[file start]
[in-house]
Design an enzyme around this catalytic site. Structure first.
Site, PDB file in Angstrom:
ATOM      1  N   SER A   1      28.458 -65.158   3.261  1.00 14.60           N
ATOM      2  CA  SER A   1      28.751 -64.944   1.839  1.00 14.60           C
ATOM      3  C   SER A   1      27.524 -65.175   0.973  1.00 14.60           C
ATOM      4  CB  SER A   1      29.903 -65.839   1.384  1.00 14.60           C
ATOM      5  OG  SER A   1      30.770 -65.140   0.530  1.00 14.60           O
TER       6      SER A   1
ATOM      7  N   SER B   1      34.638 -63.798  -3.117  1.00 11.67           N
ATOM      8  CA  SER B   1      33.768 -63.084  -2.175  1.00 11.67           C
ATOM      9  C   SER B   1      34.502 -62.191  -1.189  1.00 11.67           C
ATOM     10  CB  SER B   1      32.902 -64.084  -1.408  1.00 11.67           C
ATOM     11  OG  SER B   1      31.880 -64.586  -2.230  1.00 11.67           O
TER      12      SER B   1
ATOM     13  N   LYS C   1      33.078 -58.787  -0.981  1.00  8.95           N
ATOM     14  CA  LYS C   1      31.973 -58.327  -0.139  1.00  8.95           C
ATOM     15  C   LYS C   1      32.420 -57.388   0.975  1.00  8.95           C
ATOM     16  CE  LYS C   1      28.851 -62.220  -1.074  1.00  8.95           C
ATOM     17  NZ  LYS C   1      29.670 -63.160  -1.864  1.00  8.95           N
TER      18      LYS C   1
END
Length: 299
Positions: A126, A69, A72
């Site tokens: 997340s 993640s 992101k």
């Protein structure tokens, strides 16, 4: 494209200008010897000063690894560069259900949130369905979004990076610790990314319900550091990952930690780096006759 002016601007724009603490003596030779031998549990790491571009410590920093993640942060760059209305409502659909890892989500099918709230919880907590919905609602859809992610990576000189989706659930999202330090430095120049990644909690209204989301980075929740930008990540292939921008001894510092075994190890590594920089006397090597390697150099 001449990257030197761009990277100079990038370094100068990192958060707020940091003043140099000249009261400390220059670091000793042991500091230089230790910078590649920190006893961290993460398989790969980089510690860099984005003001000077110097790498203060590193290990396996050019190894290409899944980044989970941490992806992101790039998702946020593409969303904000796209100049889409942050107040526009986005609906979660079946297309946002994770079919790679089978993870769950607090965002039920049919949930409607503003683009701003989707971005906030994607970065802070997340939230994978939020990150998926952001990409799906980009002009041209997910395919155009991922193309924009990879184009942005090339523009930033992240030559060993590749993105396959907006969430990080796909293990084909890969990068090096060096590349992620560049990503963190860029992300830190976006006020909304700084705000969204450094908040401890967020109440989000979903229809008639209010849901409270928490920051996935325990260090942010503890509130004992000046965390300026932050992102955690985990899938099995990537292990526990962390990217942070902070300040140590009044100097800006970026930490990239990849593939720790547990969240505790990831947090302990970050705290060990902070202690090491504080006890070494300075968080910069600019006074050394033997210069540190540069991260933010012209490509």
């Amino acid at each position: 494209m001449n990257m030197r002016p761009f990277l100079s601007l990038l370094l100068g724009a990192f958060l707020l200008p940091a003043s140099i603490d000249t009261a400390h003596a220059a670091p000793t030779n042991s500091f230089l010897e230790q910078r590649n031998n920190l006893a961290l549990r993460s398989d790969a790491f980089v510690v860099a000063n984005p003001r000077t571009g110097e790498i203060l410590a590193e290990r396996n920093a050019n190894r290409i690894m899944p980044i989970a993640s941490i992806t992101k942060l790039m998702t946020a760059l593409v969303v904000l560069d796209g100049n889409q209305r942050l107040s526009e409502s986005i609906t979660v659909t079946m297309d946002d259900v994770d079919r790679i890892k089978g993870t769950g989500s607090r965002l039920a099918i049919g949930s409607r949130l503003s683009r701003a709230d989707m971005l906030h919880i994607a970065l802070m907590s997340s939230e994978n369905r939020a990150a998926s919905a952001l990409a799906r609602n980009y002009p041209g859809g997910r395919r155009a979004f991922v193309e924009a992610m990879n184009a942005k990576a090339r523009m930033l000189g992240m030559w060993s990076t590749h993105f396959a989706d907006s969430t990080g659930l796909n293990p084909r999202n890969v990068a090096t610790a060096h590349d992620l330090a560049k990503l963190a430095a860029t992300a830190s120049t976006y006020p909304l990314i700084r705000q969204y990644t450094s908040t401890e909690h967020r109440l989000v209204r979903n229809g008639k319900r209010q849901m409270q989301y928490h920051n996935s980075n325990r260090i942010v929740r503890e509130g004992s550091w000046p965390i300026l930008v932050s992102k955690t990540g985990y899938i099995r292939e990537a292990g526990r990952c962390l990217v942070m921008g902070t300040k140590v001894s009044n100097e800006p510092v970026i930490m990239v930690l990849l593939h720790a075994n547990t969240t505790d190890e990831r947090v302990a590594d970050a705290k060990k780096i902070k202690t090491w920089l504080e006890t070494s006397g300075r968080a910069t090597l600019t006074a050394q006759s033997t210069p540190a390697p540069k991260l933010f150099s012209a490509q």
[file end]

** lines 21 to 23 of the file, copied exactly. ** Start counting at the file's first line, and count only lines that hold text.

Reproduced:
TER      18      LYS C   1
END
Length: 299